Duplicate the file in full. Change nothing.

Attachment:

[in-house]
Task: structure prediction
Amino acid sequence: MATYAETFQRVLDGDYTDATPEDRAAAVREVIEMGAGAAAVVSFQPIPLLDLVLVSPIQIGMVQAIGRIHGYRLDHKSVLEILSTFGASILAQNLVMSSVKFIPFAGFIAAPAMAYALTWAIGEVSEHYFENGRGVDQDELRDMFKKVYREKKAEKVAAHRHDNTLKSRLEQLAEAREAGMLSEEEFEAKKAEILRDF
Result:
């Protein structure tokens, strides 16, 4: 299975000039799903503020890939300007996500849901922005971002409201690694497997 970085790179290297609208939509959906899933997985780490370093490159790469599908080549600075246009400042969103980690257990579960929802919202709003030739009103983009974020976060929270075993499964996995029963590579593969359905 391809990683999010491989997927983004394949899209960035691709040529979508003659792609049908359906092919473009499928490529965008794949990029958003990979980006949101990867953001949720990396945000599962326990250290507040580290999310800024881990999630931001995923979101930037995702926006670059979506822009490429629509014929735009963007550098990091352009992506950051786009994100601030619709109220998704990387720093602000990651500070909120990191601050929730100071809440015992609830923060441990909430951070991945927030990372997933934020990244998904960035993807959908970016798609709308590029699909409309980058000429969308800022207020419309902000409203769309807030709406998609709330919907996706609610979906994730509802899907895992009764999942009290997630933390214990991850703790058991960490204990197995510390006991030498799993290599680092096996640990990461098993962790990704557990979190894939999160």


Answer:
[in-house]
Task: structure prediction
Amino acid sequence: MATYAETFQRVLDGDYTDATPEDRAAAVREVIEMGAGAAAVVSFQPIPLLDLVLVSPIQIGMVQAIGRIHGYRLDHKSVLEILSTFGASILAQNLVMSSVKFIPFAGFIAAPAMAYALTWAIGEVSEHYFENGRGVDQDELRDMFKKVYREKKAEKVAAHRHDNTLKSRLEQLAEAREAGMLSEEEFEAKKAEILRDF
Result:
């Protein structure tokens, strides 16, 4: 299975000039799903503020890939300007996500849901922005971002409201690694497997 970085790179290297609208939509959906899933997985780490370093490159790469599908080549600075246009400042969103980690257990579960929802919202709003030739009103983009974020976060929270075993499964996995029963590579593969359905 391809990683999010491989997927983004394949899209960035691709040529979508003659792609049908359906092919473009499928490529965008794949990029958003990979980006949101990867953001949720990396945000599962326990250290507040580290999310800024881990999630931001995923979101930037995702926006670059979506822009490429629509014929735009963007550098990091352009992506950051786009994100601030619709109220998704990387720093602000990651500070909120990191601050929730100071809440015992609830923060441990909430951070991945927030990372997933934020990244998904960035993807959908970016798609709308590029699909409309980058000429969308800022207020419309902000409203769309807030709406998609709330919907996706609610979906994730509802899907895992009764999942009290997630933390214990991850703790058991960490204990197995510390006991030498799993290599680092096996640990990461098993962790990704557990979190894939999160």